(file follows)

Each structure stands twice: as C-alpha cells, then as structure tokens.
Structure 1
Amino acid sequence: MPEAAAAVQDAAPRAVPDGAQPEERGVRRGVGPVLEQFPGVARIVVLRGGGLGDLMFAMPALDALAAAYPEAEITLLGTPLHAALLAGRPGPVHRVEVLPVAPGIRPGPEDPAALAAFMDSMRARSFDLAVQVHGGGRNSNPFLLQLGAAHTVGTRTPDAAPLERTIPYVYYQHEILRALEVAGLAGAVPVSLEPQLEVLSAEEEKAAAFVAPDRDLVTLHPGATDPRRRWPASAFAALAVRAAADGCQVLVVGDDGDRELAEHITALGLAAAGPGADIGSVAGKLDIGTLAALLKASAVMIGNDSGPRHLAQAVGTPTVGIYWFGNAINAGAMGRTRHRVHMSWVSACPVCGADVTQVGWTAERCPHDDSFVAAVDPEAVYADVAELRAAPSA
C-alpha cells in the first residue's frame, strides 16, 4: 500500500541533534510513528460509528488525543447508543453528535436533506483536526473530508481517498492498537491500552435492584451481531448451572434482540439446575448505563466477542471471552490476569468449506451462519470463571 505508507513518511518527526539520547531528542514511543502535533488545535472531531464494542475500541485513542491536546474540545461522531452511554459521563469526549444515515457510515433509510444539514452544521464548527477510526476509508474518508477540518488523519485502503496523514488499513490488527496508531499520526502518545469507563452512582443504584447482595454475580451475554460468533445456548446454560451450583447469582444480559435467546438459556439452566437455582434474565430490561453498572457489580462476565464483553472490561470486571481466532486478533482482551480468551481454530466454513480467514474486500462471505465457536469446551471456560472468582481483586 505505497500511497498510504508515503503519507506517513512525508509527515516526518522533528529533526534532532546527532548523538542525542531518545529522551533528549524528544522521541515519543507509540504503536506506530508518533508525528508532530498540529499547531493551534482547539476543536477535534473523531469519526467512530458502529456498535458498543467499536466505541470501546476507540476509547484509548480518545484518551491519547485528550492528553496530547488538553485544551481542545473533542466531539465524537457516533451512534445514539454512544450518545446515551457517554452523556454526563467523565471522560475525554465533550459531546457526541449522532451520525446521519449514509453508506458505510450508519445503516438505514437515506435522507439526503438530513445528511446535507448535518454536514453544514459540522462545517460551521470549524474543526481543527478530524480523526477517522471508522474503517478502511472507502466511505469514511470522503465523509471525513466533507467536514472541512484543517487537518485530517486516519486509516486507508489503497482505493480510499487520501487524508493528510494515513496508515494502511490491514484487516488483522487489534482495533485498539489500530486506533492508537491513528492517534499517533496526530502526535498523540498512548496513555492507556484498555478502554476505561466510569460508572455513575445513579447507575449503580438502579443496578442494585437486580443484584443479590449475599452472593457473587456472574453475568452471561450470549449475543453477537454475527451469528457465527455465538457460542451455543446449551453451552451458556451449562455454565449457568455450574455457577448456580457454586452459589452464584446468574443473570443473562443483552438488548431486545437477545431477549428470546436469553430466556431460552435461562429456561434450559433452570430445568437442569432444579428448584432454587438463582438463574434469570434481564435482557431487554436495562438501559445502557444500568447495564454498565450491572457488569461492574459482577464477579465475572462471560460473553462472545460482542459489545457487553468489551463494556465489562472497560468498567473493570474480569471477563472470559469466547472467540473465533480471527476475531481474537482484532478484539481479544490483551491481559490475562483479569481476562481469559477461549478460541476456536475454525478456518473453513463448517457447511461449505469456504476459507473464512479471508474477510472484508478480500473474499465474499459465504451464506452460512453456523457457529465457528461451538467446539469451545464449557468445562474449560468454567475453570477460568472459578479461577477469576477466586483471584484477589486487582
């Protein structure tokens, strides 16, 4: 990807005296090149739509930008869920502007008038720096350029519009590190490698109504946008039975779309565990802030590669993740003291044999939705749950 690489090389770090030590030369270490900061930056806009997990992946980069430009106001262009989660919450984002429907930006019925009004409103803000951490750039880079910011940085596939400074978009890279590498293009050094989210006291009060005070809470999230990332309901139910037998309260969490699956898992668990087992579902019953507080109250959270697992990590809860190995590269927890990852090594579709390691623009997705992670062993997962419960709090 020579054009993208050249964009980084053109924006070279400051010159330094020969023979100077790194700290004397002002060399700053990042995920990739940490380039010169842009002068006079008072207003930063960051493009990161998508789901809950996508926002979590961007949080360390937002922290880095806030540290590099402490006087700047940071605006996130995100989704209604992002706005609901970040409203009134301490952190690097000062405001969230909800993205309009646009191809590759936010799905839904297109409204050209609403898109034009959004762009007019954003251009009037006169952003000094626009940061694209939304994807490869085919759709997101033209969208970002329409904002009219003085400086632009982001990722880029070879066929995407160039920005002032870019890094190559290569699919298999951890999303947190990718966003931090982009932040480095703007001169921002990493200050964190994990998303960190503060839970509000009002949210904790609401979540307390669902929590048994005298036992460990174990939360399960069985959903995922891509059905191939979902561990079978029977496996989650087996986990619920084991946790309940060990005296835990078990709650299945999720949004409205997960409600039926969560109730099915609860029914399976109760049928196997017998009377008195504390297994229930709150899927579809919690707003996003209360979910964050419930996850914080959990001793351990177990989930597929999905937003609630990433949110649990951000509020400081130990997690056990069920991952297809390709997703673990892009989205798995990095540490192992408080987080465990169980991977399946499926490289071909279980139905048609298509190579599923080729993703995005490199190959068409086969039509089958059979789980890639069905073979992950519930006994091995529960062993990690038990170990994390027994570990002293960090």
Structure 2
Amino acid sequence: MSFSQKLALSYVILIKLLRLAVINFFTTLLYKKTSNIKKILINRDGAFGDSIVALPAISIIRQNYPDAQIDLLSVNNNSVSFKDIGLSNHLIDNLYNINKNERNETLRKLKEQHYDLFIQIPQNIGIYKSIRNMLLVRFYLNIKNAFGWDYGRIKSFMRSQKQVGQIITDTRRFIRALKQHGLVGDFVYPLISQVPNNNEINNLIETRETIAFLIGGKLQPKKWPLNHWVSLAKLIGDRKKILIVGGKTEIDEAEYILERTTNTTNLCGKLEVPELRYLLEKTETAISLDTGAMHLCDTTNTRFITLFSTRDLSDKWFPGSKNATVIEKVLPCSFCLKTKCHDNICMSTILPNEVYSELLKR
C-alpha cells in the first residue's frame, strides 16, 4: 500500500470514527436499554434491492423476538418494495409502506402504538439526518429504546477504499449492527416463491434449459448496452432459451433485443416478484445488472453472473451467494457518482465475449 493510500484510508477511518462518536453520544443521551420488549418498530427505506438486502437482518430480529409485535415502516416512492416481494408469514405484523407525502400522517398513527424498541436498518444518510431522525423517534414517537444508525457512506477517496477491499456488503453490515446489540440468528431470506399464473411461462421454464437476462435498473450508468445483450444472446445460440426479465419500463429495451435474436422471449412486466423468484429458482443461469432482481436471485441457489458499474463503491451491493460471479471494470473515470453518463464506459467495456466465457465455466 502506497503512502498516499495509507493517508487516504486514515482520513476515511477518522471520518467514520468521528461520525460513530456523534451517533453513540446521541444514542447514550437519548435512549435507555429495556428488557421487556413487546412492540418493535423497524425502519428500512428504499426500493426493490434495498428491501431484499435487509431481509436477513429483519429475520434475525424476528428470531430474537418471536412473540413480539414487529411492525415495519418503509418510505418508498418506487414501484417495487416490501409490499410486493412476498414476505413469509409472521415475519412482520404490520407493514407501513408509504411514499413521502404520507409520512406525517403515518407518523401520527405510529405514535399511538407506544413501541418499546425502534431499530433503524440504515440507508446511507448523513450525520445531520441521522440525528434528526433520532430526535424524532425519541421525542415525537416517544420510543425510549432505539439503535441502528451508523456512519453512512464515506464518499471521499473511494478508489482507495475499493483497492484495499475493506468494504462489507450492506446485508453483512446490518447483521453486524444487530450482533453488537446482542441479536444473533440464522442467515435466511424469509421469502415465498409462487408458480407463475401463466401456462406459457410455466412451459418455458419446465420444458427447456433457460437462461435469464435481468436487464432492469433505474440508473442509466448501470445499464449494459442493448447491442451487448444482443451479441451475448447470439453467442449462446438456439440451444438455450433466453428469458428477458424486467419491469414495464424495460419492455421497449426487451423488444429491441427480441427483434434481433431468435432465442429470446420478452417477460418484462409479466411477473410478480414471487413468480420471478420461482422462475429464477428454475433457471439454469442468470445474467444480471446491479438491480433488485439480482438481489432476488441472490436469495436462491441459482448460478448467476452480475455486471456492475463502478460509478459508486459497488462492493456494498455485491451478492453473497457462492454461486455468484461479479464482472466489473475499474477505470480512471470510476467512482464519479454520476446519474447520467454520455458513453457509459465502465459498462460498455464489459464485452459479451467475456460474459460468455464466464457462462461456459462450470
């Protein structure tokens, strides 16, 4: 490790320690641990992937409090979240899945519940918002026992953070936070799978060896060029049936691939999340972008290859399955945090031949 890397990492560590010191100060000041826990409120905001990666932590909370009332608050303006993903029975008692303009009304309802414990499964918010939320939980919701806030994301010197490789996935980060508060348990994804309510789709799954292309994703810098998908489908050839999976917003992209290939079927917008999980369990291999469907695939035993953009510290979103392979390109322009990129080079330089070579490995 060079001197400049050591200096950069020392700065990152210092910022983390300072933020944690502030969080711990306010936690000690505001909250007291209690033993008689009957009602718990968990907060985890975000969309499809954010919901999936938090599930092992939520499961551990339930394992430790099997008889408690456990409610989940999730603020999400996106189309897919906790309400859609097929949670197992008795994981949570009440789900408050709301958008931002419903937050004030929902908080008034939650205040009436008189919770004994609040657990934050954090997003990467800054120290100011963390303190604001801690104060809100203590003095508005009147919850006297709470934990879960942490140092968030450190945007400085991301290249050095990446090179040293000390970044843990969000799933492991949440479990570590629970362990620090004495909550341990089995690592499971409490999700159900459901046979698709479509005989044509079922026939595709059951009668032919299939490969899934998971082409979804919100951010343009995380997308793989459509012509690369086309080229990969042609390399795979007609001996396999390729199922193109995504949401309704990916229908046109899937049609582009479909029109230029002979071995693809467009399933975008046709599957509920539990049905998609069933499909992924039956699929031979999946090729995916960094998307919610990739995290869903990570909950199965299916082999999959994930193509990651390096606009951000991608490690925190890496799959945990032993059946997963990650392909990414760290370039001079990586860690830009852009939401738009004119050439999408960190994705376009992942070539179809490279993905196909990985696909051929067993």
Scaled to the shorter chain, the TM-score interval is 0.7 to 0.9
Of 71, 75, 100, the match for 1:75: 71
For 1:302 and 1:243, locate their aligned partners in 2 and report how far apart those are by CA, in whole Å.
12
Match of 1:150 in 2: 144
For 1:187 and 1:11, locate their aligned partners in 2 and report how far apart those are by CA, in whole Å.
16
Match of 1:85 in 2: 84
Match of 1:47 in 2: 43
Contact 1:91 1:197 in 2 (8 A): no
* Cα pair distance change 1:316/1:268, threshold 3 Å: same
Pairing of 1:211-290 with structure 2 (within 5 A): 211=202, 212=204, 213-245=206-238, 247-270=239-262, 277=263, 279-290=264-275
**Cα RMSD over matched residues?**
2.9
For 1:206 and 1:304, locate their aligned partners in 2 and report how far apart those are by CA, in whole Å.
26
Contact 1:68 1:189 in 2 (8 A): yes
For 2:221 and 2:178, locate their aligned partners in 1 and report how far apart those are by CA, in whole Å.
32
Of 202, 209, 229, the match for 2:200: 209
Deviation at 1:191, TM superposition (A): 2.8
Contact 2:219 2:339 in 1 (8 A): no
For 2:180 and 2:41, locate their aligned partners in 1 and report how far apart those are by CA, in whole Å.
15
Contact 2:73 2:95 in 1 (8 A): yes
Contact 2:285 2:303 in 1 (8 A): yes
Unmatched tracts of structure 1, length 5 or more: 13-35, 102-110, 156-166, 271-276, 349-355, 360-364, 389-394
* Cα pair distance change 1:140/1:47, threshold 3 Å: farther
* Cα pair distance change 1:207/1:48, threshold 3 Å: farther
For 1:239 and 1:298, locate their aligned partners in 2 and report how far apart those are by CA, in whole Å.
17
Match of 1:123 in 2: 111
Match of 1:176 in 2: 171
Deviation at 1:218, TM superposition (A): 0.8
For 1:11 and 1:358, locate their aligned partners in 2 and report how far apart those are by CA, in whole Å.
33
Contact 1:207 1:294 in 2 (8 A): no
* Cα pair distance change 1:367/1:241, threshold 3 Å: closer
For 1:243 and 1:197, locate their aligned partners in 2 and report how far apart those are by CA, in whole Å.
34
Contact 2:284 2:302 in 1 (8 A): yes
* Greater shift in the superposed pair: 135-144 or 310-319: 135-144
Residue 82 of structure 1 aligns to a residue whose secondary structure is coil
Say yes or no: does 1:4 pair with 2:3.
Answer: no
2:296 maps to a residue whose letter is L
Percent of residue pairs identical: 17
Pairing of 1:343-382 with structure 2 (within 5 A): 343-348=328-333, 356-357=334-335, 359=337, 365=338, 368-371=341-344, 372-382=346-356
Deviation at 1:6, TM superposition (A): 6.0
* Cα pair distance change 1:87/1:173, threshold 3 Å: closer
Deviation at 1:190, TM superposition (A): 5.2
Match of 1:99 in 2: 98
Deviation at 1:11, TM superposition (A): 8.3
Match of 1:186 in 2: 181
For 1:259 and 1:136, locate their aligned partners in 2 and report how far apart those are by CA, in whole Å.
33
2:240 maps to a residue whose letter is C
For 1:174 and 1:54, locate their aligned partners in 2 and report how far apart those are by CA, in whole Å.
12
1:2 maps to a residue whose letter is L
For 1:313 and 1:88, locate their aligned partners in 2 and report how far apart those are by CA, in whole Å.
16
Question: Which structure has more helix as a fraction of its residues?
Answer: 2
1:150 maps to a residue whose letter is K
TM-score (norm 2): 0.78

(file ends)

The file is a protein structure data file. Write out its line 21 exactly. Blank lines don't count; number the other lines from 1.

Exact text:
Pairing of 1:211-290 with structure 2 (within 5 A): 211=202, 212=204, 213-245=206-238, 247-270=239-262, 277=263, 279-290=264-275